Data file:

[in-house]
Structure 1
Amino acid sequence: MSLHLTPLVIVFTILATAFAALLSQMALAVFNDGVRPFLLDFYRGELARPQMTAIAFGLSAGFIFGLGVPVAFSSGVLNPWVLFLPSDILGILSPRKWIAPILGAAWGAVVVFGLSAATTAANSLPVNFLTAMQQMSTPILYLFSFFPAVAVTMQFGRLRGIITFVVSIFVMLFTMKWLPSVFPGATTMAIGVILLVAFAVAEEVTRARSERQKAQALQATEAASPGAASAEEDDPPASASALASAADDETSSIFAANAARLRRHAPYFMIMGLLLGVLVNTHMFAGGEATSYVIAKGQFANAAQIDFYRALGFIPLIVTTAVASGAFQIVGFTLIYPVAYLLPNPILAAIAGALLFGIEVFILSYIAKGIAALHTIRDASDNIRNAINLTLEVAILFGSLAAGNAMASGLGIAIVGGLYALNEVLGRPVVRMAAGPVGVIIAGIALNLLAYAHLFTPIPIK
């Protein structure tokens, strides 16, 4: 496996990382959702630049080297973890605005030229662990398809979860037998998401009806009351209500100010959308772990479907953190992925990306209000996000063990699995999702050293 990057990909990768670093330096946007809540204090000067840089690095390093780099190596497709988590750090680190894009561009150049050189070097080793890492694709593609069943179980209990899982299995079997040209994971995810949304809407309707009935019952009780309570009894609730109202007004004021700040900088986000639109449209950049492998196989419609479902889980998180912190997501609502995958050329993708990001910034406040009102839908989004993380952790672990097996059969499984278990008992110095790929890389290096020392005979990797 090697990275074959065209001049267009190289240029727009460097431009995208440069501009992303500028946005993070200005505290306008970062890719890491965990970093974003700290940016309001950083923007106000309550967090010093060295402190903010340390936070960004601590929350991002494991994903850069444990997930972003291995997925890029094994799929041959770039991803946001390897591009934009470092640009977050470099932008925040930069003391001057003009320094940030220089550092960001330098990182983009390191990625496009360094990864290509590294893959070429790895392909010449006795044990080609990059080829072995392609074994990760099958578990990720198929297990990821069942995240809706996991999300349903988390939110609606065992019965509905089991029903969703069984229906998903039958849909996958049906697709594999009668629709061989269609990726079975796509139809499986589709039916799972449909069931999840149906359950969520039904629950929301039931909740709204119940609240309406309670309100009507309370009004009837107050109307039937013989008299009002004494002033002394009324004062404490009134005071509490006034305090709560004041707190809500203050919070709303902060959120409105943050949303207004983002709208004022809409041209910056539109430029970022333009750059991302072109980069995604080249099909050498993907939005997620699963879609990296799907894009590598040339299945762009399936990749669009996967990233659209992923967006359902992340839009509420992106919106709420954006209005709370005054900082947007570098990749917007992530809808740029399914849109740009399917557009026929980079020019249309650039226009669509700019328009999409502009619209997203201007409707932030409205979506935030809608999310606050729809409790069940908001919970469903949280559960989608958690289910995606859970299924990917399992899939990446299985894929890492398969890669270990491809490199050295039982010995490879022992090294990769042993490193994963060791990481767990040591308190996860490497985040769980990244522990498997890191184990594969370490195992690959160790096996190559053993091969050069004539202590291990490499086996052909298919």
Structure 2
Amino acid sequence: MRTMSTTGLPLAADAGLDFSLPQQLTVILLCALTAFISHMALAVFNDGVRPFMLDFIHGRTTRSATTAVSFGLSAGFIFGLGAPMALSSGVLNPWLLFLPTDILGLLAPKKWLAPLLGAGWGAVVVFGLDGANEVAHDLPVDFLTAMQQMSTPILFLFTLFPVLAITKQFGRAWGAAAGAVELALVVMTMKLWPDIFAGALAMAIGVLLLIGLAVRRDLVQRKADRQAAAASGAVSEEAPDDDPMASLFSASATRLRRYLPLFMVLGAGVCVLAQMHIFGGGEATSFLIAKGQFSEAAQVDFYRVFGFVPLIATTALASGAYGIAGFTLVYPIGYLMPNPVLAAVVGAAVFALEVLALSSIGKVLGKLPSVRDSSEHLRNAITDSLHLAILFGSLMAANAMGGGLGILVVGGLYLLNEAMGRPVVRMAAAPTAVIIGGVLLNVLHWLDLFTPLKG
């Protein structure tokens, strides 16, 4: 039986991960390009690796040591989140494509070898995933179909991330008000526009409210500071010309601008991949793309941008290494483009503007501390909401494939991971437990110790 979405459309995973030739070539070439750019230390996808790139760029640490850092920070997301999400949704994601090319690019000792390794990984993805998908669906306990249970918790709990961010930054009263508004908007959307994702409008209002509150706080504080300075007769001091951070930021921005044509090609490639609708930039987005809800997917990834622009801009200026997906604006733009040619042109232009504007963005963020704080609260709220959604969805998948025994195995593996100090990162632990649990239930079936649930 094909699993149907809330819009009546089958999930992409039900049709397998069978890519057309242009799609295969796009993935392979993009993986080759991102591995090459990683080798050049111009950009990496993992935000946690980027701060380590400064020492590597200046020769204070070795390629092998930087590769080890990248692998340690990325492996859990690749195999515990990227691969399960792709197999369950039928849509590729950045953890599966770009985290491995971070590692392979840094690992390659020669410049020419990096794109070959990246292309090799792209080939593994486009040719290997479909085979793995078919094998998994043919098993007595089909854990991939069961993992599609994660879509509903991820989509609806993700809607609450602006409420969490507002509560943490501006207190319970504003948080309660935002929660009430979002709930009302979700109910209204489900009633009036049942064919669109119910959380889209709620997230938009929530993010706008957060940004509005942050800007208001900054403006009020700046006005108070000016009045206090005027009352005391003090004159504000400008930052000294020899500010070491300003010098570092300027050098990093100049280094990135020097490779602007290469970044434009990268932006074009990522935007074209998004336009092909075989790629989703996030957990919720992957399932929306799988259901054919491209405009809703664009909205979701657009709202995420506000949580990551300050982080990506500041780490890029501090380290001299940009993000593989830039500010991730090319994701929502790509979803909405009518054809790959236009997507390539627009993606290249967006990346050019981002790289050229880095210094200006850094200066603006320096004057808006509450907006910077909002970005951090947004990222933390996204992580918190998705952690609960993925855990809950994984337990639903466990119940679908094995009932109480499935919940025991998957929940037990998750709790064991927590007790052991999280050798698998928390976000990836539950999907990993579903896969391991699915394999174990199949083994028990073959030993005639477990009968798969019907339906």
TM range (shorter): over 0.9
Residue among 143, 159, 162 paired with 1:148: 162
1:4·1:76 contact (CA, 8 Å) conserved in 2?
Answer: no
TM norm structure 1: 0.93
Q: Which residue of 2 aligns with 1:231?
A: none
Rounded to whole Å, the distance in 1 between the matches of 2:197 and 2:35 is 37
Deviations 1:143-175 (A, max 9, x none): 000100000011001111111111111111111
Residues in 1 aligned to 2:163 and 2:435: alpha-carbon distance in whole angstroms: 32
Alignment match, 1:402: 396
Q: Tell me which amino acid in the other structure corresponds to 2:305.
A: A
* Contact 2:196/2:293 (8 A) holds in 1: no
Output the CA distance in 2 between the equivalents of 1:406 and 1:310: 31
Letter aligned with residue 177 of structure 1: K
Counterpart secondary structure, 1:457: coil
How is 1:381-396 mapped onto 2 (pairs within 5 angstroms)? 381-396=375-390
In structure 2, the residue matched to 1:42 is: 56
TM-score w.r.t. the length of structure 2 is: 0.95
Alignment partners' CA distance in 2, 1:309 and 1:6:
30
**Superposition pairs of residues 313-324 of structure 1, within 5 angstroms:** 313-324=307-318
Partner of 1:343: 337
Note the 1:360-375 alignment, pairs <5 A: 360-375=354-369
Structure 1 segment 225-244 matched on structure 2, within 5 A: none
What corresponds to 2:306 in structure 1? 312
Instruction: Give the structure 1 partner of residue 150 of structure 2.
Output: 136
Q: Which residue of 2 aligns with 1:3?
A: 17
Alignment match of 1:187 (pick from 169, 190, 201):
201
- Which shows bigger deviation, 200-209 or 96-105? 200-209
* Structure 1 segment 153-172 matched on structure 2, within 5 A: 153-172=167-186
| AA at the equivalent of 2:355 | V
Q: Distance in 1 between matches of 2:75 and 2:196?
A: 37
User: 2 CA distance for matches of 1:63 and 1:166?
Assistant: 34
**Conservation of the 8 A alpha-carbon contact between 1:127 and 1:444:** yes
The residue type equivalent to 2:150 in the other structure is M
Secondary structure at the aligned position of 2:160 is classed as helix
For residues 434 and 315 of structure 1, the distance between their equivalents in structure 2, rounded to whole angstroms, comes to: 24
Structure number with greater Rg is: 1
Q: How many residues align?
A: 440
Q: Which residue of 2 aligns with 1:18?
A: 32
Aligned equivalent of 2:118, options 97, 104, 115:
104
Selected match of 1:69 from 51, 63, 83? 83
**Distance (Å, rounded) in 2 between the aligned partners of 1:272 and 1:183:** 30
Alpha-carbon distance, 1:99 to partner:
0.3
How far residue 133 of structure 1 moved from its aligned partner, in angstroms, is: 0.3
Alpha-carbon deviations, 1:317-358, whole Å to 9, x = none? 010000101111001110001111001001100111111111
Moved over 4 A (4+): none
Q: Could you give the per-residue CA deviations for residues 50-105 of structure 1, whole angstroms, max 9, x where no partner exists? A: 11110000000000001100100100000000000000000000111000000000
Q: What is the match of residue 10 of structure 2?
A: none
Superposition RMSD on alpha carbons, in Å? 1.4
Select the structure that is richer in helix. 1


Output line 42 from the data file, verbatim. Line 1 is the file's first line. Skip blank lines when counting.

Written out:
* Structure 1 segment 153-172 matched on structure 2, within 5 A: 153-172=167-186